Meanwhile, APNU/AFC MP and PAC member Ganesh Mahipaul defended why the PPP’s initial motion of no-confidence in Patterson was not accepted. According to Mahipaul, the motion in its then form did not present enough reason for Patterson’s removal and thus, was not put to the floor by the Chairman.
“How can the highest decision-making body move to accept a two-line motion that says we don’t have confidence in Mr Patterson and then decide to say that he should resign. And we should accept that?”
Mahipaul also attributed Patterson’s failure to call a PAC meeting after being written to by the Speaker, to the COVID-19 pandemic. According to him, Patterson did not mean disrespect for the Speaker or the Clerk.
“You (Speaker) did write… the honourable David Patterson didn’t fail to call a PAC meeting after you wrote. You would recall, Sir, that it was you who said in a document that because of COVID-19 pandemic and because a number of staff members tested positive, we would have a suspension of meetings of standing committees until it returns to some level of normalcy. That is what caused that space from us reaching as a PAC so your letter could be formally tabled.”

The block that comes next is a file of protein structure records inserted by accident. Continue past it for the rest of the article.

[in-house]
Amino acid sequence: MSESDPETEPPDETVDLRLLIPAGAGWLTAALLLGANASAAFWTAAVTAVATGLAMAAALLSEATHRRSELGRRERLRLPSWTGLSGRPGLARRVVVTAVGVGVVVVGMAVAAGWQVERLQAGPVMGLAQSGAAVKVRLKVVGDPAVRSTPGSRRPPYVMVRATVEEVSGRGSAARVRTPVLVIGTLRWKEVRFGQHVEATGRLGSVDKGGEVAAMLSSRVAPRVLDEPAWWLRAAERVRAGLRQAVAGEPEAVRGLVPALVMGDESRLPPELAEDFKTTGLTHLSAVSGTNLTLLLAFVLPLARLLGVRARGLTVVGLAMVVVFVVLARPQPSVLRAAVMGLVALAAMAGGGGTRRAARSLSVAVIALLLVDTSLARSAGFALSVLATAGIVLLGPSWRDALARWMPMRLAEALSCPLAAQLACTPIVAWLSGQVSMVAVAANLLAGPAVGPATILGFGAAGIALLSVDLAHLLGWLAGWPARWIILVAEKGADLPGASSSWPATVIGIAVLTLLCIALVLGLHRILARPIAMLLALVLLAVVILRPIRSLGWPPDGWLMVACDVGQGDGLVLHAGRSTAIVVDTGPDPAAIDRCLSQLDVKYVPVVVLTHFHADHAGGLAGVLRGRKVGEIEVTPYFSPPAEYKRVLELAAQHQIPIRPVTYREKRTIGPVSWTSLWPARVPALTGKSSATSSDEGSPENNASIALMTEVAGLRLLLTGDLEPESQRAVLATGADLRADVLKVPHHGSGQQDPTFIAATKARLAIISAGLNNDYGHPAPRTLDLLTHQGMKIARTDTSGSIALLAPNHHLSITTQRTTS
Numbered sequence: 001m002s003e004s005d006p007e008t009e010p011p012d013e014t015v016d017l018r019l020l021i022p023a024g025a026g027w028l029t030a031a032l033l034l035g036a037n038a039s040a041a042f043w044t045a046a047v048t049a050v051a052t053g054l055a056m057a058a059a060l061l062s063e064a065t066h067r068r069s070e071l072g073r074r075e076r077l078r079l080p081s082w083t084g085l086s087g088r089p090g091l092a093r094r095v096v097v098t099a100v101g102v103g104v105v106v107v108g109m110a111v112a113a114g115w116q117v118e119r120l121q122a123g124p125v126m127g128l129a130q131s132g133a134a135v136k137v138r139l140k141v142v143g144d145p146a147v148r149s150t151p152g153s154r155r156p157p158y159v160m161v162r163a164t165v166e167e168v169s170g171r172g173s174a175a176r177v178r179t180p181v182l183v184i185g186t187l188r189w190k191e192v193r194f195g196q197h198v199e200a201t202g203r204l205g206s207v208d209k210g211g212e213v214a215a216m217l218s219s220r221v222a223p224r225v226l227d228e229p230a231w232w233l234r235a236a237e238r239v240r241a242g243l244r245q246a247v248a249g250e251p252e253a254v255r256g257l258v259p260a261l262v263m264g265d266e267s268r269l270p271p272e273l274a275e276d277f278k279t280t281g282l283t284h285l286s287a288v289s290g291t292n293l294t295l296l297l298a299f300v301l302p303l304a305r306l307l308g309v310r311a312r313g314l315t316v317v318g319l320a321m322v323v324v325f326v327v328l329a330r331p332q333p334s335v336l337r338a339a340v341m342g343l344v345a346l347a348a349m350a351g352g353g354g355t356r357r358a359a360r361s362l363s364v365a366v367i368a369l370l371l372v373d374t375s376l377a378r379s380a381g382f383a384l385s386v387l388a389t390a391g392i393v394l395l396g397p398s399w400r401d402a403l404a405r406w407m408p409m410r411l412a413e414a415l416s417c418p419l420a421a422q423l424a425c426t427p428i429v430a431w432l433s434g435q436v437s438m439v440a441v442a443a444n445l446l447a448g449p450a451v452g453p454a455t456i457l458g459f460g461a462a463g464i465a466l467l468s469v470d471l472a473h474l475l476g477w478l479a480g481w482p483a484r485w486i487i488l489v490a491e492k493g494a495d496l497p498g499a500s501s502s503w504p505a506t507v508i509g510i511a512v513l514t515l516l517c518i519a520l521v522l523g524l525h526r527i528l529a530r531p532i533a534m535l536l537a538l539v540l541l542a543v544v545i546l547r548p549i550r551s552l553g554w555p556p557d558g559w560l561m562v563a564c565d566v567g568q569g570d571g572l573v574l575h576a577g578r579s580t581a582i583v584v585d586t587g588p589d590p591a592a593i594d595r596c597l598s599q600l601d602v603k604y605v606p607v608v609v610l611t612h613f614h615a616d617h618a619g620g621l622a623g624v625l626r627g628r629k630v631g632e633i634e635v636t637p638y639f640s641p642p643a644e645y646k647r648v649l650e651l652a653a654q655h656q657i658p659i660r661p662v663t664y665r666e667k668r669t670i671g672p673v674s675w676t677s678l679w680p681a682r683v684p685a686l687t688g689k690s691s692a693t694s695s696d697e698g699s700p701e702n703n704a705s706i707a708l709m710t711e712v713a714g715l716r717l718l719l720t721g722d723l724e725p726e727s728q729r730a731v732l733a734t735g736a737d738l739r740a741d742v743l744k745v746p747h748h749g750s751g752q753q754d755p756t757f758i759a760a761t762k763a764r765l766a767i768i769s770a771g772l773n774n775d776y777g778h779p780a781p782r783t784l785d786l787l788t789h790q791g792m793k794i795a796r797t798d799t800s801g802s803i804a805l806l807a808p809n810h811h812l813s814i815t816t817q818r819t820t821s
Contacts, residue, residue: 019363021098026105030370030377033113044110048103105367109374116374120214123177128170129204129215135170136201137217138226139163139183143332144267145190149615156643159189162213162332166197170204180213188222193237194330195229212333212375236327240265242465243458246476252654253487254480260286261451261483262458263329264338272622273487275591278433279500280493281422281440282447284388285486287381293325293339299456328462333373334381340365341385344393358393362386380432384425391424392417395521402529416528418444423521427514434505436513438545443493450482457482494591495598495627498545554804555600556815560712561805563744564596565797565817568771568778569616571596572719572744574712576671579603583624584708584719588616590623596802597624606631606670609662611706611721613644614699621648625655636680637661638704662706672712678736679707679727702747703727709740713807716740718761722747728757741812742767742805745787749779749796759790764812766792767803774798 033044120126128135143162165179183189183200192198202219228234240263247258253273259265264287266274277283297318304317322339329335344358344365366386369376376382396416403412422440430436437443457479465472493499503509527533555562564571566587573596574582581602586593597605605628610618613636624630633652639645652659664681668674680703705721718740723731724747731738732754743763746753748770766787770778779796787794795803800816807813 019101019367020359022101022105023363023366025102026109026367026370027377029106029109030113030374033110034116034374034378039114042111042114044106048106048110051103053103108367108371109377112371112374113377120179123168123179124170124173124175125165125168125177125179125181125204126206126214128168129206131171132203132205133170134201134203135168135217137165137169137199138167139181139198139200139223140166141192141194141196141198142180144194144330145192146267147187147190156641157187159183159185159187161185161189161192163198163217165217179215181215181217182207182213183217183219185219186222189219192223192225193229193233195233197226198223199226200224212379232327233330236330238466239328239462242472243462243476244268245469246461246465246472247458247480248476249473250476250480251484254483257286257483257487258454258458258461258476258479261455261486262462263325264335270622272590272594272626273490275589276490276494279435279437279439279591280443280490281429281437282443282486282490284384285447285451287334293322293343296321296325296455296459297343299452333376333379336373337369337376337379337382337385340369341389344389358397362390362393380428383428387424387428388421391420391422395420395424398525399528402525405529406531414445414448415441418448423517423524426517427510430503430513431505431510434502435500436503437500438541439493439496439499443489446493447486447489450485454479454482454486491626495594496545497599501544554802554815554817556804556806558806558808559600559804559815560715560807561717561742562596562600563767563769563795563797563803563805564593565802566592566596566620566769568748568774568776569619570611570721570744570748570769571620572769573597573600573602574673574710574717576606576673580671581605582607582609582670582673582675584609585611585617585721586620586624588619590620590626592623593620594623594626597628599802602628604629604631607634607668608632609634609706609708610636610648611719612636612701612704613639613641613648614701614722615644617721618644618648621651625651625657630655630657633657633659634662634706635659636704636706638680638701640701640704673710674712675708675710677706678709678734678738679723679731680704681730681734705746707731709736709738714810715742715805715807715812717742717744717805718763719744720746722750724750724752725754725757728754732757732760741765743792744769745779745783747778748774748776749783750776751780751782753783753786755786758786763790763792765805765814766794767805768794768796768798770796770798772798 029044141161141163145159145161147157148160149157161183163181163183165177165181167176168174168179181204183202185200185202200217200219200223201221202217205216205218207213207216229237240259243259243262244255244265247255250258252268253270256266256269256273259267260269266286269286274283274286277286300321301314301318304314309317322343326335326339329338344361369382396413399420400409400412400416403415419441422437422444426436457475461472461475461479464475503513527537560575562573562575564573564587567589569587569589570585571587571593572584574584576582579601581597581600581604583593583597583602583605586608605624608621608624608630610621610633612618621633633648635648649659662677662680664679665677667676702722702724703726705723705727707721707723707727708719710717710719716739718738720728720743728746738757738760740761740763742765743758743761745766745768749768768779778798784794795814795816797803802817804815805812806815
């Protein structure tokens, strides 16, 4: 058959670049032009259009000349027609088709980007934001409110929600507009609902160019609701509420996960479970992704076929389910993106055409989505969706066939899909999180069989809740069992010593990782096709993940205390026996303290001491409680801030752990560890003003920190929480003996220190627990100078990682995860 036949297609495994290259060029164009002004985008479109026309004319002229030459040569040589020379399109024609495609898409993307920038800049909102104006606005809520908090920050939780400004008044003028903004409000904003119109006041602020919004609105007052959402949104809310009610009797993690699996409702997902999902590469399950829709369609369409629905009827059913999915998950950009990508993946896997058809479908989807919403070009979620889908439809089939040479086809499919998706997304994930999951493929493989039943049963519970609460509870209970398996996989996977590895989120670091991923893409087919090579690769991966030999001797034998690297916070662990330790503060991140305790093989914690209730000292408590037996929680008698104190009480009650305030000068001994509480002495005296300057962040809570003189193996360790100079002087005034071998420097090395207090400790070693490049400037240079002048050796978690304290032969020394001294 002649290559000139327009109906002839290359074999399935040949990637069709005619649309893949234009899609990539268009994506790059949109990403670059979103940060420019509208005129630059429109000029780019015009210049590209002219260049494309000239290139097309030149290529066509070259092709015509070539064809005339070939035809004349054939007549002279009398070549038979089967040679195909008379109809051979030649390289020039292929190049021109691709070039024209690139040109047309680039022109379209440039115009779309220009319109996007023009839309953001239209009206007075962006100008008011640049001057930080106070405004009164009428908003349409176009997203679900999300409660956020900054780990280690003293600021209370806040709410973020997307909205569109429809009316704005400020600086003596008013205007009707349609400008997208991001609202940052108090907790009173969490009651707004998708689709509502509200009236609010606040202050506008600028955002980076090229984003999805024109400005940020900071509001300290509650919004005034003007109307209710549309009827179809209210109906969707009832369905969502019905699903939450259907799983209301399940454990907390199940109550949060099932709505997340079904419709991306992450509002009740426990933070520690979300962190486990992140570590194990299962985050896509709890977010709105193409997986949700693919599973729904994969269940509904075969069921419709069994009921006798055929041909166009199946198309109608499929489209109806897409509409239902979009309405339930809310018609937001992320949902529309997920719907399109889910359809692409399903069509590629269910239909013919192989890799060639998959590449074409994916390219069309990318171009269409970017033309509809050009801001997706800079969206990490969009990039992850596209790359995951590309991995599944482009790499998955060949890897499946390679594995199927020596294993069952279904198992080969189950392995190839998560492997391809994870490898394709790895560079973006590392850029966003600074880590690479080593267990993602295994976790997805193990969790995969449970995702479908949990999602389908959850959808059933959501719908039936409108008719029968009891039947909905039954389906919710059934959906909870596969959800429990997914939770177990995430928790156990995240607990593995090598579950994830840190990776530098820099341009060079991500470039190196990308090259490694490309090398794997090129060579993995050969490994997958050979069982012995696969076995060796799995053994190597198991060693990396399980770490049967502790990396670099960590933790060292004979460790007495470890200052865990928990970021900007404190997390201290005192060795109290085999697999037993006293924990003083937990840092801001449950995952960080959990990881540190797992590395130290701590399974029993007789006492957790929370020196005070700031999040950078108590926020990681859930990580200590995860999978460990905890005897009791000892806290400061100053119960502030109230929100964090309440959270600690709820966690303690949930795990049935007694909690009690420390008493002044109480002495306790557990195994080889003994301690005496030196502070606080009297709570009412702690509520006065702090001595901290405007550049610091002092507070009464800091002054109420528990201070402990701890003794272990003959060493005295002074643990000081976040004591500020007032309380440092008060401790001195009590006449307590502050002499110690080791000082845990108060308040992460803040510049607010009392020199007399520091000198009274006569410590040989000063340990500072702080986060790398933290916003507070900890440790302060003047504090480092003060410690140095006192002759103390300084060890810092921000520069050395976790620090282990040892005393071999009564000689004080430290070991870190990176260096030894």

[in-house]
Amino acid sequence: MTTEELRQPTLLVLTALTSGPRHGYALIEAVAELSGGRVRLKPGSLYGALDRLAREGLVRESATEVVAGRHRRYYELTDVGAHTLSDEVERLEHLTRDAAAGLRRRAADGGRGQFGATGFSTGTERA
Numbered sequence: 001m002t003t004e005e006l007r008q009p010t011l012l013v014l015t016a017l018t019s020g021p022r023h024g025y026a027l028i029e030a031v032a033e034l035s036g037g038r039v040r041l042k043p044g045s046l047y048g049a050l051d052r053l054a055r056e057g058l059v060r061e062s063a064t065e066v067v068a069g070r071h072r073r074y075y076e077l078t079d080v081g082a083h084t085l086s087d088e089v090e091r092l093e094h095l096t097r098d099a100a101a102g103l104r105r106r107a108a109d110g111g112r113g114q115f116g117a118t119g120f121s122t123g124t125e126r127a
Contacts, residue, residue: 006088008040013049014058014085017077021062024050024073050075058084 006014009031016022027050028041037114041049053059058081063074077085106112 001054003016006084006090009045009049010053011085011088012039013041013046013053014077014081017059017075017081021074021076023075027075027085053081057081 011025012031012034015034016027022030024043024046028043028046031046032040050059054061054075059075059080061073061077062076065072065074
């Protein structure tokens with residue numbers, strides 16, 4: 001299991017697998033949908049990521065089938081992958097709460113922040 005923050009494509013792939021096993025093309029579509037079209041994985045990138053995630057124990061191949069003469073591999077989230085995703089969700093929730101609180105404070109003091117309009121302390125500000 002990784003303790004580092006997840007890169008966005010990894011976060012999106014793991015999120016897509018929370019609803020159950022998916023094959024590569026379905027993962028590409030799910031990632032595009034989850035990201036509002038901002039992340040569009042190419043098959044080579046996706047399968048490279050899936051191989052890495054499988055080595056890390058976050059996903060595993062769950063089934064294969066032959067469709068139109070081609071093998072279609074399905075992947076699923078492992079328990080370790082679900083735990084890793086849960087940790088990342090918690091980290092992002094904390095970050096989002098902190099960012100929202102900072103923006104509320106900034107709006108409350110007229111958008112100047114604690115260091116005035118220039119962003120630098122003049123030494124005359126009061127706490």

However, Teixeira was having none of it. She pointed out that Patterson could have communicated this to the Speaker by any means. However, this was not done and moreover, the Clerk of the National Assembly himself came to the PAC meetings to inform Patterson that the motion was proper.
“You said there was no disrespect to the Speaker or Clerk. The Speaker wrote a letter on May 3. No acknowledgement. No information to the PAC by the Chair, by electronic means that (he) has received the letter and (he) will take action and comply. Nothing. Silence.”
“And you tell me that you respect the Speaker? You said you don’t disrespect the Clerk. The Clerk came thrice to the Committee and advised you what to do, advised the Chairman that the motion was in order and he should put the motion. And the minutes describe what happened.”